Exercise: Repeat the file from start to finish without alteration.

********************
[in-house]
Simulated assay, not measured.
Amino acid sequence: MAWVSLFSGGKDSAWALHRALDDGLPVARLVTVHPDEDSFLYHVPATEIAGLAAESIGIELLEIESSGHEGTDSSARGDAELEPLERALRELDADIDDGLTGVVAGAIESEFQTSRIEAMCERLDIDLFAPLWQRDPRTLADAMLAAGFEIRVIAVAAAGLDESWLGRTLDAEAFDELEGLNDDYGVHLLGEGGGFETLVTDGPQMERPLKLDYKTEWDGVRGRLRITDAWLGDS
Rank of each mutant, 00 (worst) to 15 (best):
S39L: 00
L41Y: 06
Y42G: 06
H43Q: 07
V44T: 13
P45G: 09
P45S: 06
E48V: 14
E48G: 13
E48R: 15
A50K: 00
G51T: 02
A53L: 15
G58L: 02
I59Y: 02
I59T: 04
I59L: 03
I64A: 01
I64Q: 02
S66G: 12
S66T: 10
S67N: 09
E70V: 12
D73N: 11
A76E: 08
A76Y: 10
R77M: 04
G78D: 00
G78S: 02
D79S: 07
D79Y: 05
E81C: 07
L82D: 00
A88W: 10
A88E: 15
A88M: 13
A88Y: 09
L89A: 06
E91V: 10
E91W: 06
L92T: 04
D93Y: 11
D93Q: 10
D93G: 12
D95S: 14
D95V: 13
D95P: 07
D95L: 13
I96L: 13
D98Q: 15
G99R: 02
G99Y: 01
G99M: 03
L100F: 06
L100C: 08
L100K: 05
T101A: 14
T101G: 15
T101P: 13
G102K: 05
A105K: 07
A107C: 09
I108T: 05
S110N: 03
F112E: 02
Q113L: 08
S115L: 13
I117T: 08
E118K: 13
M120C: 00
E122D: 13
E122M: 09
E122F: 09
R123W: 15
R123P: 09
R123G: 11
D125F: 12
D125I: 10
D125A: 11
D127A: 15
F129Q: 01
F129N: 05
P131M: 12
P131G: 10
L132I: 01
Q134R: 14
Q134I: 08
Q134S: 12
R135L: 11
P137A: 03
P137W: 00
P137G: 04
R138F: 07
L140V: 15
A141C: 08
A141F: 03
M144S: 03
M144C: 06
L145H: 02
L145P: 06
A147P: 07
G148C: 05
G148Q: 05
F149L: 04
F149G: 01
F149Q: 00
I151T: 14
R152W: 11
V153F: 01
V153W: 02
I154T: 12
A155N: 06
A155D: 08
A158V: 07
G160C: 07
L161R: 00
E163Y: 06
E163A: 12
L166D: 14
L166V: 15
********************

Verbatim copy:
[in-house]
Simulated assay, not measured.
Amino acid sequence: MAWVSLFSGGKDSAWALHRALDDGLPVARLVTVHPDEDSFLYHVPATEIAGLAAESIGIELLEIESSGHEGTDSSARGDAELEPLERALRELDADIDDGLTGVVAGAIESEFQTSRIEAMCERLDIDLFAPLWQRDPRTLADAMLAAGFEIRVIAVAAAGLDESWLGRTLDAEAFDELEGLNDDYGVHLLGEGGGFETLVTDGPQMERPLKLDYKTEWDGVRGRLRITDAWLGDS
Rank of each mutant, 00 (worst) to 15 (best):
S39L: 00
L41Y: 06
Y42G: 06
H43Q: 07
V44T: 13
P45G: 09
P45S: 06
E48V: 14
E48G: 13
E48R: 15
A50K: 00
G51T: 02
A53L: 15
G58L: 02
I59Y: 02
I59T: 04
I59L: 03
I64A: 01
I64Q: 02
S66G: 12
S66T: 10
S67N: 09
E70V: 12
D73N: 11
A76E: 08
A76Y: 10
R77M: 04
G78D: 00
G78S: 02
D79S: 07
D79Y: 05
E81C: 07
L82D: 00
A88W: 10
A88E: 15
A88M: 13
A88Y: 09
L89A: 06
E91V: 10
E91W: 06
L92T: 04
D93Y: 11
D93Q: 10
D93G: 12
D95S: 14
D95V: 13
D95P: 07
D95L: 13
I96L: 13
D98Q: 15
G99R: 02
G99Y: 01
G99M: 03
L100F: 06
L100C: 08
L100K: 05
T101A: 14
T101G: 15
T101P: 13
G102K: 05
A105K: 07
A107C: 09
I108T: 05
S110N: 03
F112E: 02
Q113L: 08
S115L: 13
I117T: 08
E118K: 13
M120C: 00
E122D: 13
E122M: 09
E122F: 09
R123W: 15
R123P: 09
R123G: 11
D125F: 12
D125I: 10
D125A: 11
D127A: 15
F129Q: 01
F129N: 05
P131M: 12
P131G: 10
L132I: 01
Q134R: 14
Q134I: 08
Q134S: 12
R135L: 11
P137A: 03
P137W: 00
P137G: 04
R138F: 07
L140V: 15
A141C: 08
A141F: 03
M144S: 03
M144C: 06
L145H: 02
L145P: 06
A147P: 07
G148C: 05
G148Q: 05
F149L: 04
F149G: 01
F149Q: 00
I151T: 14
R152W: 11
V153F: 01
V153W: 02
I154T: 12
A155N: 06
A155D: 08
A158V: 07
G160C: 07
L161R: 00
E163Y: 06
E163A: 12
L166D: 14
L166V: 15